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TO FREDERICK BEASLEY. mad. mss. - James Madison, The Writings, vol. 9 (1819-1836) 
The Writings of James Madison, comprising his Public Papers and his Private Correspondence, including his numerous letters and documents now for the first time printed, ed. Gaillard Hunt (New York: G.P. Putnam’s Sons, 1900). Vol. 9.
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TO FREDERICK BEASLEY.mad. mss.
Montpellier, Virginia, Dec. 22, 1824
I have just received your letter of the 13th, on its return from Charlottesville, and wish I could gratify you with all the information it asks. In place of it, I can only observe that the System of Polity for the University of Virginia being not yet finally digested & adopted I cannot venture to say what it will be in its precise form and details. It is probable that instead of a President or Provost, as chief magistrate, the superintending & Executive duties, so far as not left to the individual Professors over their respective Classes, will be exercised by the Faculty; the Professors presiding in rotation. This regulation however, as experimental, will be at all times alterable by the Board of Visitors. The Code of discipline will be prepared with the aid of all the lights that can be obtained from the most distinguished Seminaries; and some of the innovations will, not improbably, be in the spirit of your judicious observations. As the University, being such in the full extent of the term, will not contain boys under sixteen years of age, and be chiefly filled by youths approaching to manhood, with not a few perhaps arrived at it there is the better chance for self-government in the students, and for the co-operation of many in giving efficacy to a liberal and limited administration.
The peculiarity in the Institution which excited first, most attention & some animadversion, is the omission of a Theological Professorship. The Public Opinion seems now to have sufficiently yielded to its incompatibility with a State Institution, which necessarily excludes sectarian Preferences. The best provision which occurred, was that of authorizing the Visitors to open the Public rooms for Religious uses, under impartial regulations, (a task that may occasionally involve some difficulties) and admitting the establishment of Theological Seminaries by the respective sects contiguous to the precincts of the University, and within the reach of a familiar intercourse distinct from the obligatory pursuits of the Students. The growing Village of Charlottesville also is not distant more than a mile, and contains already Congregations & Clergymen of the sects to which the students will mostly belong.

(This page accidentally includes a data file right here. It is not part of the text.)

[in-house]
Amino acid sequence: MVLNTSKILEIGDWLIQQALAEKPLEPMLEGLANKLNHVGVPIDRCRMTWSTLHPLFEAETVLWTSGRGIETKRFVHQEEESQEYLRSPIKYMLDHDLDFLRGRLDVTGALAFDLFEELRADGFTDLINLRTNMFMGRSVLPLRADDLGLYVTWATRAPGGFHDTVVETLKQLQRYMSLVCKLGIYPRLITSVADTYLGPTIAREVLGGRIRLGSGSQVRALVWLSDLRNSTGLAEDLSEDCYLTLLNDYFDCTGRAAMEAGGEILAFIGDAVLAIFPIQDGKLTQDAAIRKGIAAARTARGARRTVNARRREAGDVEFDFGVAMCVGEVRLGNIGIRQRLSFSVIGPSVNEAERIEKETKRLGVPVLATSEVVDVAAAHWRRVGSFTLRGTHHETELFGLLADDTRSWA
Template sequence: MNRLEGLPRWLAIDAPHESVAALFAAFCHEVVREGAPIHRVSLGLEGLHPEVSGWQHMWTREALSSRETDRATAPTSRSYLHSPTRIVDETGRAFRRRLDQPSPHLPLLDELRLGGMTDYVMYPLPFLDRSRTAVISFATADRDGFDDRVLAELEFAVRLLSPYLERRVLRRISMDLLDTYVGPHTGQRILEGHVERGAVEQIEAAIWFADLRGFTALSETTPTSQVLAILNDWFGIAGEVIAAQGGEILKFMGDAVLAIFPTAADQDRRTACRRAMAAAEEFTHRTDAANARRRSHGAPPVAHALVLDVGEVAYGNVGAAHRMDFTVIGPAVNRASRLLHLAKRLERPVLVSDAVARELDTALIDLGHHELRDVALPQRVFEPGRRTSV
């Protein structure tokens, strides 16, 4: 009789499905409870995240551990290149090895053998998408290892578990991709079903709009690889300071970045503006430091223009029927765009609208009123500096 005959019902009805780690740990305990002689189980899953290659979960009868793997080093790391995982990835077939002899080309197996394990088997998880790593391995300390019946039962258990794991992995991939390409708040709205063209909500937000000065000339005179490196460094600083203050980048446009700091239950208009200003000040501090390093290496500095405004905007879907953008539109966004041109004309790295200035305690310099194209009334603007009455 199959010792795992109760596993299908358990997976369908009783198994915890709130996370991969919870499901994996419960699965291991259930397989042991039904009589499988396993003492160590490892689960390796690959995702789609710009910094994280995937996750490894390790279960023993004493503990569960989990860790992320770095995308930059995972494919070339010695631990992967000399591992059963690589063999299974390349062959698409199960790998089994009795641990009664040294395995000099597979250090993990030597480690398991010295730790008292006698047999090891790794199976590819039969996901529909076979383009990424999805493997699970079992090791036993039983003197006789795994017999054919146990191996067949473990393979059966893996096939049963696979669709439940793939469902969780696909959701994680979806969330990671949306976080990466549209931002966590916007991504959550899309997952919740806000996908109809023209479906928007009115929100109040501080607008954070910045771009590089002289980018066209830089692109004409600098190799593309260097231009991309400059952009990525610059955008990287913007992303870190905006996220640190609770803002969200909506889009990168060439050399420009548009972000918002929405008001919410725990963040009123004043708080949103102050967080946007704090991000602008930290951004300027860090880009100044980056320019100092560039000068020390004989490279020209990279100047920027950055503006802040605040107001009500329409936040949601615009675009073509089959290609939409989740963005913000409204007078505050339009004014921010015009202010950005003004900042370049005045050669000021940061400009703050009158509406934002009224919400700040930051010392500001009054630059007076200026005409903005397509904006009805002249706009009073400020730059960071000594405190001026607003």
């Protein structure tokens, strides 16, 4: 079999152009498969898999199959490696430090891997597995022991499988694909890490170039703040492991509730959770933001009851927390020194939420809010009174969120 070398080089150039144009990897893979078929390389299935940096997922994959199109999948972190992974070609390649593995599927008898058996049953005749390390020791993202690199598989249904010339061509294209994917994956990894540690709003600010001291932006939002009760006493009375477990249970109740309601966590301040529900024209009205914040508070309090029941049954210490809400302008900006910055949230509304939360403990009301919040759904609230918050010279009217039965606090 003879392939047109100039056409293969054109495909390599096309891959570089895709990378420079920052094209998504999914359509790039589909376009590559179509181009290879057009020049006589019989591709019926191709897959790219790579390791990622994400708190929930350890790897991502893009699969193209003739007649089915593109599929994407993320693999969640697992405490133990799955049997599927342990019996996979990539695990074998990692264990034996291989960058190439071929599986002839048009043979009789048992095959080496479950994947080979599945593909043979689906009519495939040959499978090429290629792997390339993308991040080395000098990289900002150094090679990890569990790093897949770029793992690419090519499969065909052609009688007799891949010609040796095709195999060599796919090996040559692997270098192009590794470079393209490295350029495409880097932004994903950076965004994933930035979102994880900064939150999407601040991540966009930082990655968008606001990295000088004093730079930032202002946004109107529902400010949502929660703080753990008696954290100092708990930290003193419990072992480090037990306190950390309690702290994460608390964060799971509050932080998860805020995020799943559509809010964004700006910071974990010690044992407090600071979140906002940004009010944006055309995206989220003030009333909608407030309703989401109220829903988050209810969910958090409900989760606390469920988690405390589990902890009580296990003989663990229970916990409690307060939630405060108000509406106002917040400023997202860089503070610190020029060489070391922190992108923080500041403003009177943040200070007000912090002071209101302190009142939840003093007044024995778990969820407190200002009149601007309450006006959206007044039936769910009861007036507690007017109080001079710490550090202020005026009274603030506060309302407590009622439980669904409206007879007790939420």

You have already noticed in the public Prints the Scientific Scope of the University, and the resort to Europe for some of the Professors. The reasons for the latter step, you may have also seen in Print; as well as the reduction of the number of chairs in the first instance, by annexing Plural functions to some of them. This was rendered necessary by the limited resources, as yet granted by the Legislature, and will be varied as fast as an augmentation of these will permit, by dividing & subdividing the branches of Science now in the same group. Several of the Professors remain to be appointed; among them one for Mental Philosophy including the branches to which you refer. This has always been regarded by us as claiming an important place in so comprehensive a School of Science. The gentleman in prospect for the station is not yet actually engaged.
You seem to have allotted me a greater share in this undertaking than belongs to me. I am but one of seven Managers, and one of many pecuniary benefactors. Mr. Jefferson has been the great projector & the mainspring of it.
I am sorry that I have never been able to give the volume you kindly favored me with, the reading it doubtless deserves; and I fear that however congenial the task would be with studies relished at former periods, I shall find it difficult to reconcile it with demands on my time, the decrease of which does not keep pace with the contraction of its remaining span. From several dips into the Treatise I think myself authorized to infer that it embraces a scrutinizing & systematic view of the subject, interesting to the best informed, and particularly valuable to those who wish to be informed.
I thank you Sir for the friendly sentiments you have expressed, and beg to accept with my great respect a cordial return of them.